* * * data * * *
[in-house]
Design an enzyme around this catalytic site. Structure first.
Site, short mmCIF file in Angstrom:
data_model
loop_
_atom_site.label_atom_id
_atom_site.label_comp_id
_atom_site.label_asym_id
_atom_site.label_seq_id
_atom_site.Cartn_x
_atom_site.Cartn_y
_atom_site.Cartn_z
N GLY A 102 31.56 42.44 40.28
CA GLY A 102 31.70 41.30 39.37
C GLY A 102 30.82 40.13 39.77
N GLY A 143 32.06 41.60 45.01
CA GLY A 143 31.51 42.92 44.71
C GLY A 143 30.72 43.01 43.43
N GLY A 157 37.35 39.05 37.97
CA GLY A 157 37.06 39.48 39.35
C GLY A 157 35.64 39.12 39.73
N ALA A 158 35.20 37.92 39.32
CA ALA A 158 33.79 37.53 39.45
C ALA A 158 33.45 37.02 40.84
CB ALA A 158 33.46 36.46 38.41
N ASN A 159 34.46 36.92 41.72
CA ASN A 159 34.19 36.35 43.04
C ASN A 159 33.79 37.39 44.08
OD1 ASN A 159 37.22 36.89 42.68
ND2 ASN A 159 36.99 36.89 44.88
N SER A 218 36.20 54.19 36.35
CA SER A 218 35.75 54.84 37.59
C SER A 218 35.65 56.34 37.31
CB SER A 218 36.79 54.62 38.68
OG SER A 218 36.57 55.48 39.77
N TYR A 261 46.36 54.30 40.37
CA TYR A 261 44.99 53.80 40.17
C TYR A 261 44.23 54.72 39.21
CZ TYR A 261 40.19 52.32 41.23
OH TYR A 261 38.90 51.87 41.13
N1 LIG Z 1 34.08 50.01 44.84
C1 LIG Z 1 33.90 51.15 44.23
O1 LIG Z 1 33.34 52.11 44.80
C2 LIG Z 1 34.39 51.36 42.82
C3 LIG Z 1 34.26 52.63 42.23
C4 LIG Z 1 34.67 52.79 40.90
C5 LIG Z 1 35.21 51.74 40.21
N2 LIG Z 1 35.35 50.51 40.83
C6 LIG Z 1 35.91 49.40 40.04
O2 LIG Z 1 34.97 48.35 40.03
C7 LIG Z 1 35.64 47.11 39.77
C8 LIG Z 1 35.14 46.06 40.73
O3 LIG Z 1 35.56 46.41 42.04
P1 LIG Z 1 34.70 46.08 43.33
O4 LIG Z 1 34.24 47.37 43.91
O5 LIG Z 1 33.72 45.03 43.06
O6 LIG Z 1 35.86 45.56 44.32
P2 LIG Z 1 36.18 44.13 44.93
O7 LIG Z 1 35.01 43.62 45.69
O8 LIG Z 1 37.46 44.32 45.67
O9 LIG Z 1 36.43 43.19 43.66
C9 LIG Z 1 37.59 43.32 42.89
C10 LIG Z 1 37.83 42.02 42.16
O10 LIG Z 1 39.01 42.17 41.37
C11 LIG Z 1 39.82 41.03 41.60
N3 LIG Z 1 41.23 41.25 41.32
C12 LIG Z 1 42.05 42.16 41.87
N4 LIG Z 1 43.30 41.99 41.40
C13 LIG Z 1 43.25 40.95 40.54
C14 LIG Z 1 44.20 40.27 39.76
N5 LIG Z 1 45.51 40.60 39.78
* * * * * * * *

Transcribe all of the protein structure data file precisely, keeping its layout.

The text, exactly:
[in-house]
Design an enzyme around this catalytic site. Structure first.
Site, short mmCIF file in Angstrom:
data_model
loop_
_atom_site.label_atom_id
_atom_site.label_comp_id
_atom_site.label_asym_id
_atom_site.label_seq_id
_atom_site.Cartn_x
_atom_site.Cartn_y
_atom_site.Cartn_z
N GLY A 102 31.56 42.44 40.28
CA GLY A 102 31.70 41.30 39.37
C GLY A 102 30.82 40.13 39.77
N GLY A 143 32.06 41.60 45.01
CA GLY A 143 31.51 42.92 44.71
C GLY A 143 30.72 43.01 43.43
N GLY A 157 37.35 39.05 37.97
CA GLY A 157 37.06 39.48 39.35
C GLY A 157 35.64 39.12 39.73
N ALA A 158 35.20 37.92 39.32
CA ALA A 158 33.79 37.53 39.45
C ALA A 158 33.45 37.02 40.84
CB ALA A 158 33.46 36.46 38.41
N ASN A 159 34.46 36.92 41.72
CA ASN A 159 34.19 36.35 43.04
C ASN A 159 33.79 37.39 44.08
OD1 ASN A 159 37.22 36.89 42.68
ND2 ASN A 159 36.99 36.89 44.88
N SER A 218 36.20 54.19 36.35
CA SER A 218 35.75 54.84 37.59
C SER A 218 35.65 56.34 37.31
CB SER A 218 36.79 54.62 38.68
OG SER A 218 36.57 55.48 39.77
N TYR A 261 46.36 54.30 40.37
CA TYR A 261 44.99 53.80 40.17
C TYR A 261 44.23 54.72 39.21
CZ TYR A 261 40.19 52.32 41.23
OH TYR A 261 38.90 51.87 41.13
N1 LIG Z 1 34.08 50.01 44.84
C1 LIG Z 1 33.90 51.15 44.23
O1 LIG Z 1 33.34 52.11 44.80
C2 LIG Z 1 34.39 51.36 42.82
C3 LIG Z 1 34.26 52.63 42.23
C4 LIG Z 1 34.67 52.79 40.90
C5 LIG Z 1 35.21 51.74 40.21
N2 LIG Z 1 35.35 50.51 40.83
C6 LIG Z 1 35.91 49.40 40.04
O2 LIG Z 1 34.97 48.35 40.03
C7 LIG Z 1 35.64 47.11 39.77
C8 LIG Z 1 35.14 46.06 40.73
O3 LIG Z 1 35.56 46.41 42.04
P1 LIG Z 1 34.70 46.08 43.33
O4 LIG Z 1 34.24 47.37 43.91
O5 LIG Z 1 33.72 45.03 43.06
O6 LIG Z 1 35.86 45.56 44.32
P2 LIG Z 1 36.18 44.13 44.93
O7 LIG Z 1 35.01 43.62 45.69
O8 LIG Z 1 37.46 44.32 45.67
O9 LIG Z 1 36.43 43.19 43.66
C9 LIG Z 1 37.59 43.32 42.89
C10 LIG Z 1 37.83 42.02 42.16
O10 LIG Z 1 39.01 42.17 41.37
C11 LIG Z 1 39.82 41.03 41.60
N3 LIG Z 1 41.23 41.25 41.32
C12 LIG Z 1 42.05 42.16 41.87
N4 LIG Z 1 43.30 41.99 41.40
C13 LIG Z 1 43.25 40.95 40.54
C14 LIG Z 1 44.20 40.27 39.76
N5 LIG Z 1 45.51 40.60 39.78